The concept of Time Value of Money:

“A rupee is now worth full than a rupee to be received after a year” why ?

Do you prefer a 1000 rupees today or a 1000 rupees one year from now? why?

– Consumption forgone has value

– Investment lost has opportunity cost

– Inflation may increase and purchasing power decrease

Now,

Do you prefer a 1000 rupees today or 1100 rupees one year from now? Why?

You will ask yourself one question:

– Do I have any thing better to do with that 1000 rupees than lending it for 100 rupees

extra?

– What if I take 1000 rupees now and invest it, would I make more or less than

1100 rupees in one year?

Note:

Two elements are important in valuation of cash flows:

– What interest rate (opportunity rate, discount rate, required rate of

return) do you want to evaluate the cash flow based on?

– At what time do these the cash flows occur and at what time do you need

to evaluate them?

Example:

What return is needed to double money?

The present value formula can be rearranged to determine what rate of return is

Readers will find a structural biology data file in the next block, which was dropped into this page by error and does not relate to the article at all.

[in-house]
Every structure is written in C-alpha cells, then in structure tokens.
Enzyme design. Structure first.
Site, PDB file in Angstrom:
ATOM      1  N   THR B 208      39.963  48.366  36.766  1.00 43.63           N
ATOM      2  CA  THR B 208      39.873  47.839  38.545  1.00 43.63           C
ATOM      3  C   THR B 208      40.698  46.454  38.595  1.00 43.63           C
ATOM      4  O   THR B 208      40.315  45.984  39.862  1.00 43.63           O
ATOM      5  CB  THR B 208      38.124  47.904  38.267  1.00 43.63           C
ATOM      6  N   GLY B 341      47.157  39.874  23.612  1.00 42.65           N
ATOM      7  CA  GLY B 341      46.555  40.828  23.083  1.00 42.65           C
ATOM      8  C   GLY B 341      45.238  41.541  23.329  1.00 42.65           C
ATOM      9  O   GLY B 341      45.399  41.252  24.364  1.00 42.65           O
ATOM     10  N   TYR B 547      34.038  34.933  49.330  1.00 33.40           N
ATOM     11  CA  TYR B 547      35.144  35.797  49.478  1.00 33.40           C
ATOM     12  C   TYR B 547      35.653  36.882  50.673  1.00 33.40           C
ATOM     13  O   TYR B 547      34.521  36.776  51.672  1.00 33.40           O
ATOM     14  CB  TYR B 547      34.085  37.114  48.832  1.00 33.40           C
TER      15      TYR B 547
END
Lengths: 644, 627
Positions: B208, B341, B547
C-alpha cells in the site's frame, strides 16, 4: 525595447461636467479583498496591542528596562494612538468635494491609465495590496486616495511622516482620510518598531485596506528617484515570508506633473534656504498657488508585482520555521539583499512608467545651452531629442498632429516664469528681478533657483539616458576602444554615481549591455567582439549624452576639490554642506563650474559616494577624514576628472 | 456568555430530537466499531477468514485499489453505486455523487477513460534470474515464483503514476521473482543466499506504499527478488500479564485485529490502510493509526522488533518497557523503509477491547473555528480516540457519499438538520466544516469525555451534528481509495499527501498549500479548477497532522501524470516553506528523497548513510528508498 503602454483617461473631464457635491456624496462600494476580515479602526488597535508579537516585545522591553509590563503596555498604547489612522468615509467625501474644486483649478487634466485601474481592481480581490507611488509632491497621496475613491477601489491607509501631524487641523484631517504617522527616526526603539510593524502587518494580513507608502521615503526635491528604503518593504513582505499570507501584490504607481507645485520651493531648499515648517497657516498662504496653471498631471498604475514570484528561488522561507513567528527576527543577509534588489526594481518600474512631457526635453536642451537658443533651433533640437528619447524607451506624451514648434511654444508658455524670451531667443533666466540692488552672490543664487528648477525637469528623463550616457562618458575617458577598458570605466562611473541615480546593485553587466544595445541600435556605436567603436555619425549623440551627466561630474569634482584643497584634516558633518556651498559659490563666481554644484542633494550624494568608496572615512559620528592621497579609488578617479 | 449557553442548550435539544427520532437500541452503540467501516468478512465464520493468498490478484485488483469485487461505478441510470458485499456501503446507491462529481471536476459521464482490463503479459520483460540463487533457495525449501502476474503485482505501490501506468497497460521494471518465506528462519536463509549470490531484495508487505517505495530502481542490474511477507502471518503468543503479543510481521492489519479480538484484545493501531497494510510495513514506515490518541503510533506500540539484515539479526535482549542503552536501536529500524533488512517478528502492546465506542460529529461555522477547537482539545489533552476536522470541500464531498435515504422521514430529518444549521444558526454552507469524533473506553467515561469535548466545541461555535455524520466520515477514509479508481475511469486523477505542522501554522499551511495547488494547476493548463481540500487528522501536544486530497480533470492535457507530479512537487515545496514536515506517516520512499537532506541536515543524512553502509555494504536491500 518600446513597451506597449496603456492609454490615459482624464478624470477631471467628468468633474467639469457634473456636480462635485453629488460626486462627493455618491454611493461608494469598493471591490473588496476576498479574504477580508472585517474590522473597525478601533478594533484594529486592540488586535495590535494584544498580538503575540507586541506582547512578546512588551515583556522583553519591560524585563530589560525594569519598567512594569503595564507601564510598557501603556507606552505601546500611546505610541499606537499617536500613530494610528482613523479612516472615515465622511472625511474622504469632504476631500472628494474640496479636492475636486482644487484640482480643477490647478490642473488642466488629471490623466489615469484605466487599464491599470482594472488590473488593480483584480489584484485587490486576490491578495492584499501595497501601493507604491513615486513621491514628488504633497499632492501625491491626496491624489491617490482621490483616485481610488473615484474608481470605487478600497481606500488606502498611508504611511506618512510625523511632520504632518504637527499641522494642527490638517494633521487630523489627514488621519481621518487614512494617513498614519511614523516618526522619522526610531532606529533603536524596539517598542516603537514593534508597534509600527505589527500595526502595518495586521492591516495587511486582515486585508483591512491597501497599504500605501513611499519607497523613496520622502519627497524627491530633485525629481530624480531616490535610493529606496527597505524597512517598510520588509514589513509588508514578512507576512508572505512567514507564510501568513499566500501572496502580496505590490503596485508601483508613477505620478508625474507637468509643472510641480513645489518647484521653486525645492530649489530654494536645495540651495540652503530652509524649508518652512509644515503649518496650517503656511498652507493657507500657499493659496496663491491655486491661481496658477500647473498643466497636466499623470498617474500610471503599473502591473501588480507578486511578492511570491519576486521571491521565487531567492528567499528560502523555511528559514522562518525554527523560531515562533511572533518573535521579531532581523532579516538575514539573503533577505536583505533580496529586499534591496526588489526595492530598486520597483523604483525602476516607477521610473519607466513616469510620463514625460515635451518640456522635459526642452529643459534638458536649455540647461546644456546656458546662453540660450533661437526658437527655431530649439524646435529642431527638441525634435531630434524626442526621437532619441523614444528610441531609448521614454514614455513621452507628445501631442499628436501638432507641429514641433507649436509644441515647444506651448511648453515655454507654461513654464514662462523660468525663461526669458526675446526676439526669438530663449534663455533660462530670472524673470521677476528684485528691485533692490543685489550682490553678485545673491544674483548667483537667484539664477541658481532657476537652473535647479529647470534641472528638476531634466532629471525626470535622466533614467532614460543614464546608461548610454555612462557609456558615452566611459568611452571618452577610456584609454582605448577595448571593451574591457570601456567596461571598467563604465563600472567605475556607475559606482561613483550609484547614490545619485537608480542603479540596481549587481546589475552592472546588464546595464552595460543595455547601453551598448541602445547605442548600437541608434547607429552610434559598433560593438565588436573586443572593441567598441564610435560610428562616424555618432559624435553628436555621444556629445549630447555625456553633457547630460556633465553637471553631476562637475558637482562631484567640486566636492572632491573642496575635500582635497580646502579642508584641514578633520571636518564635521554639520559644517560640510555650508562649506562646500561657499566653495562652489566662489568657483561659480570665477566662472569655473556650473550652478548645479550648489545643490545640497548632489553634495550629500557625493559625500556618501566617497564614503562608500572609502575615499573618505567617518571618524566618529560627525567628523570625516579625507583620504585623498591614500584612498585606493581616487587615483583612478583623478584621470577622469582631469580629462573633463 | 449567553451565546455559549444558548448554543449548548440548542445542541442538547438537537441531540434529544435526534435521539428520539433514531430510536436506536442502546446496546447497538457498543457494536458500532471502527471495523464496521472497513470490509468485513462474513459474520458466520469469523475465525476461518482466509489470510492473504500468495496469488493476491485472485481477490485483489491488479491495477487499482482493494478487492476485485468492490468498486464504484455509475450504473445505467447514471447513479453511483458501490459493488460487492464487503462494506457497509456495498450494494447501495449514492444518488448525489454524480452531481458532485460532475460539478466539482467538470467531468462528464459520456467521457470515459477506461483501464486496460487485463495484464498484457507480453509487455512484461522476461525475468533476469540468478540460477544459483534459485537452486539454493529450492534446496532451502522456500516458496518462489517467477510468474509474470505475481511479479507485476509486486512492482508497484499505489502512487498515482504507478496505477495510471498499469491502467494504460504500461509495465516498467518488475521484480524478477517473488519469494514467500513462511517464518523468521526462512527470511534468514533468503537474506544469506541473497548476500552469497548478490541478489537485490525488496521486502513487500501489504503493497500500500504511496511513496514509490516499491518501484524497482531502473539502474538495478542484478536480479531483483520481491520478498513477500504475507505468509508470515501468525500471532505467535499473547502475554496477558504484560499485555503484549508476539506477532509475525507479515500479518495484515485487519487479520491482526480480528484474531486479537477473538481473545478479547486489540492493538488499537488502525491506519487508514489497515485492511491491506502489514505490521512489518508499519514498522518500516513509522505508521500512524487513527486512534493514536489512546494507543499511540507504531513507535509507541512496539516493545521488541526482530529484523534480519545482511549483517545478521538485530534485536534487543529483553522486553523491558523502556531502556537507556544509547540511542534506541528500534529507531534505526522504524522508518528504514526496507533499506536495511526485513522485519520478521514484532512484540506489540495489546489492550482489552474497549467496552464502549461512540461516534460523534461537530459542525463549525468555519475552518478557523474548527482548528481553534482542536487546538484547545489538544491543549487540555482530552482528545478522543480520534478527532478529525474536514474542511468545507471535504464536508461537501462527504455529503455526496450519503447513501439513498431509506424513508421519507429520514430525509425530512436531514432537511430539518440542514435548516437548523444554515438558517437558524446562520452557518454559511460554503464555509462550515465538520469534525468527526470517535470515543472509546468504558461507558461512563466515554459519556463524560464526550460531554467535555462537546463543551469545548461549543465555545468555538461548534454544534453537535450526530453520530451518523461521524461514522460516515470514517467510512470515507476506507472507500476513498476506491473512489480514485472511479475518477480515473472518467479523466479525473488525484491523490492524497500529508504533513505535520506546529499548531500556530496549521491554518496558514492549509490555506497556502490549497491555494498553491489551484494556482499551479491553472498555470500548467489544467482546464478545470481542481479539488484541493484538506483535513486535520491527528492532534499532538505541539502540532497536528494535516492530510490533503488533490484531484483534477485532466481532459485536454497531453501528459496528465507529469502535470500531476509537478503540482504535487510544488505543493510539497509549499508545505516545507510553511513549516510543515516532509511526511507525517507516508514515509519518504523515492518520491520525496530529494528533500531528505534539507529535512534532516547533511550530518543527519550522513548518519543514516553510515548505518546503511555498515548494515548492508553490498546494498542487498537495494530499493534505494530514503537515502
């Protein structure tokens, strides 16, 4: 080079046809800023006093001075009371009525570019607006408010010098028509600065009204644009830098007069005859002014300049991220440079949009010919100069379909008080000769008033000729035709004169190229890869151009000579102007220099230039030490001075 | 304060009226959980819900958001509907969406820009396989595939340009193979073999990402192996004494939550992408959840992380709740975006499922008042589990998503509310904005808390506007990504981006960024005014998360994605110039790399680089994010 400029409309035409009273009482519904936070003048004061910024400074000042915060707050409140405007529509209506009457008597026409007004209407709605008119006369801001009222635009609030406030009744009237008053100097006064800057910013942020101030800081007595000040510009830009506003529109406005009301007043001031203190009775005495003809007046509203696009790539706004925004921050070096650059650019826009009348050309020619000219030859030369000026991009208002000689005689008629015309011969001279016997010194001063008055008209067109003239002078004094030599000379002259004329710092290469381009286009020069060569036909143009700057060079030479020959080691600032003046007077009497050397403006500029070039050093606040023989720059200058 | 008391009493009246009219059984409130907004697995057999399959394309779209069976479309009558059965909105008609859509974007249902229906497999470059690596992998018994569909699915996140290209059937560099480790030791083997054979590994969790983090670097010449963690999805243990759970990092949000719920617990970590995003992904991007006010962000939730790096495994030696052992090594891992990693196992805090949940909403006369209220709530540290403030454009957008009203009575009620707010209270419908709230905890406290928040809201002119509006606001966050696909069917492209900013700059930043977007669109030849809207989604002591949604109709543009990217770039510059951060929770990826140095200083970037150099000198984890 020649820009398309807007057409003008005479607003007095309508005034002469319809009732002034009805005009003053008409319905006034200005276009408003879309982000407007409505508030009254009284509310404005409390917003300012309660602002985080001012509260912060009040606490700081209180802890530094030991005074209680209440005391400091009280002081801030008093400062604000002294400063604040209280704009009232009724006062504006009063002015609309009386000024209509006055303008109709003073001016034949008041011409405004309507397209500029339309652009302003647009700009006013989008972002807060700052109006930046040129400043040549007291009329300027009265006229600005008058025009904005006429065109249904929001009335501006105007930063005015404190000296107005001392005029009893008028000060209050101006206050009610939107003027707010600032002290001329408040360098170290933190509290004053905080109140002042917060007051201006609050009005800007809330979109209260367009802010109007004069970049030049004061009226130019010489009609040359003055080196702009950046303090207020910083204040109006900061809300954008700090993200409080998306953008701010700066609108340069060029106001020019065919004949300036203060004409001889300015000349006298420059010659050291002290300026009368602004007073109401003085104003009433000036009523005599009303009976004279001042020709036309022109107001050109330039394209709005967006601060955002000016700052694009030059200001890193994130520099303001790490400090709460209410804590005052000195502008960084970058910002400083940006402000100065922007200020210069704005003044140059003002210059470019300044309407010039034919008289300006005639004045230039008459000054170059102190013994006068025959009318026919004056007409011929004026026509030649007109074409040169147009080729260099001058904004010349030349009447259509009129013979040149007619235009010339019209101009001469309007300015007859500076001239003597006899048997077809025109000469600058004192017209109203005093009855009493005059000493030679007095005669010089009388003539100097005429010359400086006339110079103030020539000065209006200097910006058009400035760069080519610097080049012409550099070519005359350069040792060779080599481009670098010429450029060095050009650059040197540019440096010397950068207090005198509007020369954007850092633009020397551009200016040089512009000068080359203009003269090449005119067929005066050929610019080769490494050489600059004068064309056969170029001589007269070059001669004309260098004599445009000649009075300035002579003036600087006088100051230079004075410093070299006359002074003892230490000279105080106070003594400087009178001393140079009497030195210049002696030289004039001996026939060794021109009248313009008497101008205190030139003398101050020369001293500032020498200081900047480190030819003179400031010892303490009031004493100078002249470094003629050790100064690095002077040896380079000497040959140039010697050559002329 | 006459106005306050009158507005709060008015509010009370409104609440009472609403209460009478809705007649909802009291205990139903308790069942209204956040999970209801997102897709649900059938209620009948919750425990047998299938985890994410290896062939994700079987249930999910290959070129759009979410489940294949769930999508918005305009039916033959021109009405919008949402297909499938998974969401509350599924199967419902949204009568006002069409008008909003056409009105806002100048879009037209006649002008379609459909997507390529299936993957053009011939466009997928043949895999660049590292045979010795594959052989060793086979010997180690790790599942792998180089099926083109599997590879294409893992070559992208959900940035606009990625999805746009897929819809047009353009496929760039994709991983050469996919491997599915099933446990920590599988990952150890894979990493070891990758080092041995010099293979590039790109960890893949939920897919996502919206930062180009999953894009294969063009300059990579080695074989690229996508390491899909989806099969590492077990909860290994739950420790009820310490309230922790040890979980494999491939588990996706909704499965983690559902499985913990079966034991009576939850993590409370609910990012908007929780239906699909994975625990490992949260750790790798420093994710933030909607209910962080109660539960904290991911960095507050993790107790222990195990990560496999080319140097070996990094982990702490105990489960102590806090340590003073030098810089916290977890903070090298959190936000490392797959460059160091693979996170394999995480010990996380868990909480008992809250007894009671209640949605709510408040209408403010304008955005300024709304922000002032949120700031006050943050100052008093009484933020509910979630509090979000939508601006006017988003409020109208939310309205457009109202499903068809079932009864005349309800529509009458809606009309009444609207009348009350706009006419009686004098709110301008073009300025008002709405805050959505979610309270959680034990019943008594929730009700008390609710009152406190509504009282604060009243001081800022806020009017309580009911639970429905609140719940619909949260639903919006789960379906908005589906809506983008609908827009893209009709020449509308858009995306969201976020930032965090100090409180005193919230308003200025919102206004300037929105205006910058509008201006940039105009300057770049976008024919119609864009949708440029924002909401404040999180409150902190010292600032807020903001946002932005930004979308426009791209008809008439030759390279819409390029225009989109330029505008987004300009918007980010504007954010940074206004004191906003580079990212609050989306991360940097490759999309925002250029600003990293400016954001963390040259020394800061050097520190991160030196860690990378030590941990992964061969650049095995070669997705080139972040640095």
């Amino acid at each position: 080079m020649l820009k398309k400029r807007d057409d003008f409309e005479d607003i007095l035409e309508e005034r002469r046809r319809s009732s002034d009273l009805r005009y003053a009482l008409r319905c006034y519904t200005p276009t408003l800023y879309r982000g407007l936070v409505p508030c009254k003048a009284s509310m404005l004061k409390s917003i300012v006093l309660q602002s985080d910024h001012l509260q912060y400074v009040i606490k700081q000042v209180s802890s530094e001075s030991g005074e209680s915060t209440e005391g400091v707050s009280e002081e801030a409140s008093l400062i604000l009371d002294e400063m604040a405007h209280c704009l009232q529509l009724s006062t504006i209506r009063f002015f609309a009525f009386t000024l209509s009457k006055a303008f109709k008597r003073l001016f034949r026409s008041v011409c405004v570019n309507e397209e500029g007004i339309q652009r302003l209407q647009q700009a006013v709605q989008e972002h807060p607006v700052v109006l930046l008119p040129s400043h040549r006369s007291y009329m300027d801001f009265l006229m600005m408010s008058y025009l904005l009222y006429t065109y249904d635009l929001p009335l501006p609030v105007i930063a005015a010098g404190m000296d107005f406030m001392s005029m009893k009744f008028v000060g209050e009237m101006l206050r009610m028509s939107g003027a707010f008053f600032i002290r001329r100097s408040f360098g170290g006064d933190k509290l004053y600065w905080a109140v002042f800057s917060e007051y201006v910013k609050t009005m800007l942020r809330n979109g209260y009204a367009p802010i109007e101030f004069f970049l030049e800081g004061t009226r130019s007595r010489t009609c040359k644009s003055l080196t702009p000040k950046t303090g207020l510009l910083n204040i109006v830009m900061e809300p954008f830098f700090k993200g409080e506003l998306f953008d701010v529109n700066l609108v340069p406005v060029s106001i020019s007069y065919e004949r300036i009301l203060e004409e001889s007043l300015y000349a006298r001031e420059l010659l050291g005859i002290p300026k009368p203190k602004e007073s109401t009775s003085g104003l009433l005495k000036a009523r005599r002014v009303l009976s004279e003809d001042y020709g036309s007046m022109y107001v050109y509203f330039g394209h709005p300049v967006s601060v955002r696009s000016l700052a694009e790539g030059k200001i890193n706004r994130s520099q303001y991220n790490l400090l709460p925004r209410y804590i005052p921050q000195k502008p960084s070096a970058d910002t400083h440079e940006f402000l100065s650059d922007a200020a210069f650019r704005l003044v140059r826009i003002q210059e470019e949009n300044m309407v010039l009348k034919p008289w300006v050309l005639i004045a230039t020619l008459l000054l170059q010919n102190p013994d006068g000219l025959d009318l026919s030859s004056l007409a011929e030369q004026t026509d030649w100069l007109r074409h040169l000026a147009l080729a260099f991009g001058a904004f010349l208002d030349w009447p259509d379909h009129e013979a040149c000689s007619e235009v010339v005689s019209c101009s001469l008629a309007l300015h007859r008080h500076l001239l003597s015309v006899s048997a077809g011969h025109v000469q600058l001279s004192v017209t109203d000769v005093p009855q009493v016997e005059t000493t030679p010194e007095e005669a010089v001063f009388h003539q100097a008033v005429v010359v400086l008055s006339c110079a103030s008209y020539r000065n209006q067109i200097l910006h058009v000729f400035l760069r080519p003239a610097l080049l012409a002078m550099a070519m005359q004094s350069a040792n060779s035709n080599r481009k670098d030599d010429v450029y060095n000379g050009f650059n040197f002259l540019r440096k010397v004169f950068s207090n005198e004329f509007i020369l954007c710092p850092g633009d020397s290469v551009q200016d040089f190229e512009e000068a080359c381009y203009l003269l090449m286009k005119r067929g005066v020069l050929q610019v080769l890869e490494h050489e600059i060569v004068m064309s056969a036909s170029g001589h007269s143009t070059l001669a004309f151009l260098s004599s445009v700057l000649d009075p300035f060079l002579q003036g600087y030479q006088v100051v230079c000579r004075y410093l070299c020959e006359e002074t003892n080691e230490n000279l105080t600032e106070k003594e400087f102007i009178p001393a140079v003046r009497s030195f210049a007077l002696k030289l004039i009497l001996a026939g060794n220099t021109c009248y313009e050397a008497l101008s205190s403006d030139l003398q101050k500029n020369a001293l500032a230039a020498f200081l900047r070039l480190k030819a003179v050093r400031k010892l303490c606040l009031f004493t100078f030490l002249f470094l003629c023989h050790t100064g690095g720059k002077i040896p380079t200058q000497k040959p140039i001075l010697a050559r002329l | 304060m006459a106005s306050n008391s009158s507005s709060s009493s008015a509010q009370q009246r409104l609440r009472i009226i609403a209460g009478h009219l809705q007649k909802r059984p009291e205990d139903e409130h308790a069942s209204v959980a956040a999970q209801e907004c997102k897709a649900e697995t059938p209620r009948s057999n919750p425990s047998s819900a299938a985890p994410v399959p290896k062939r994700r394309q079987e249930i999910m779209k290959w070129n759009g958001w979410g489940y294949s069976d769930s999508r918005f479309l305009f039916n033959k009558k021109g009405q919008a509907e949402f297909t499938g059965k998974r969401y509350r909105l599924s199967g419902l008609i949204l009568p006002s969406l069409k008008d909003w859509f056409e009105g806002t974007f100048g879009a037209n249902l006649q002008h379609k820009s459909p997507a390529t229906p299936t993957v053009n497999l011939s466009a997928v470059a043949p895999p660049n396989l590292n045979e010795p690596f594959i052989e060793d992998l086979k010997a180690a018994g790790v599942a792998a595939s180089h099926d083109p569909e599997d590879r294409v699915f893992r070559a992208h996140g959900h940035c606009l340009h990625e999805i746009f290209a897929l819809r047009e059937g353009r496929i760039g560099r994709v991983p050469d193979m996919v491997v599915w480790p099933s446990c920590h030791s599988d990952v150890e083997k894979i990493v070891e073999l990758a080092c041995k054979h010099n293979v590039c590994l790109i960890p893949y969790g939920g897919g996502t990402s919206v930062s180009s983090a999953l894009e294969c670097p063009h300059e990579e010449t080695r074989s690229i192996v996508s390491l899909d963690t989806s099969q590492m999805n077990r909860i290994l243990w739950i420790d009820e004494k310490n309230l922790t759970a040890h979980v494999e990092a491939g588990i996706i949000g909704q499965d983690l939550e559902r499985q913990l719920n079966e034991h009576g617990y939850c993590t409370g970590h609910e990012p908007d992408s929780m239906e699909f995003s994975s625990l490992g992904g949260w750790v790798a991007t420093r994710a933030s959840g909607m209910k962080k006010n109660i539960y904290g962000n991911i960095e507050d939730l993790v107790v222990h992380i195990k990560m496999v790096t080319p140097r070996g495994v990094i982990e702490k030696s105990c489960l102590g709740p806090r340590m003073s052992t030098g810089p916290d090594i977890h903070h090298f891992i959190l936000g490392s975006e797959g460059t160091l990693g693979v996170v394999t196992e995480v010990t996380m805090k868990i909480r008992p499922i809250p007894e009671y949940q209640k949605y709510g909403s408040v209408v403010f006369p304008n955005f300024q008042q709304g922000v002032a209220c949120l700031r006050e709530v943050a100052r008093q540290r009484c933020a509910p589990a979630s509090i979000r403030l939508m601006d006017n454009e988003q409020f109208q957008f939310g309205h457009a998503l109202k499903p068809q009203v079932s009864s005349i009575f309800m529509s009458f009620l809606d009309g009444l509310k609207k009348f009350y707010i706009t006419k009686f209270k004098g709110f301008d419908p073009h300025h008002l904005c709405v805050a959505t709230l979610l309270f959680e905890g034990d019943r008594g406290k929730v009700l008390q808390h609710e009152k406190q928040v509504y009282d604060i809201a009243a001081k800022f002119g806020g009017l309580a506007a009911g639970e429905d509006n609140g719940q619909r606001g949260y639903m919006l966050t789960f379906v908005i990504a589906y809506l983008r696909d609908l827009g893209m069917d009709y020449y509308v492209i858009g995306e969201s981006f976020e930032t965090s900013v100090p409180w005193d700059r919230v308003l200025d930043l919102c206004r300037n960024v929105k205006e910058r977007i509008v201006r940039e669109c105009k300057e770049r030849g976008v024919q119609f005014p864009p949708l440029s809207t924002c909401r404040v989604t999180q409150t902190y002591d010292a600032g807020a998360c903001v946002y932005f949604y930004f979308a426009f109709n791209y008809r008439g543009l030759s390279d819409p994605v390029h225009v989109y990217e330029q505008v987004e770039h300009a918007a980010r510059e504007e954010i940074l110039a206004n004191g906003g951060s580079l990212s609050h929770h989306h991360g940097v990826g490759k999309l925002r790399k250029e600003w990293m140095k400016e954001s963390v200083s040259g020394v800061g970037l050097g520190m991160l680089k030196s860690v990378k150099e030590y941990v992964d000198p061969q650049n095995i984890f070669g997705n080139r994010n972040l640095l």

needed to accumulate a given amount from an investment. For example, £100 is invested today and £200 return is

expected in five years; what rate of return (interest rate) does this represent?

The present value formula restated in terms of the interest rate is:

In addition to Time value of Money, let us also discuss, what is Opportunity cost?

Definition:

Opportunity cost is the cost of a foregone alternative. If you chose one alternative over another, then the cost of choosing that alternative is an opportunity cost. Opportunity cost is the benefits you lose by choosing one alternative over another one. The opportunity cost of choosing one investment over another one.

Example:

There is an opportunity cost over choosing an investment in bonds over an investment in stocks.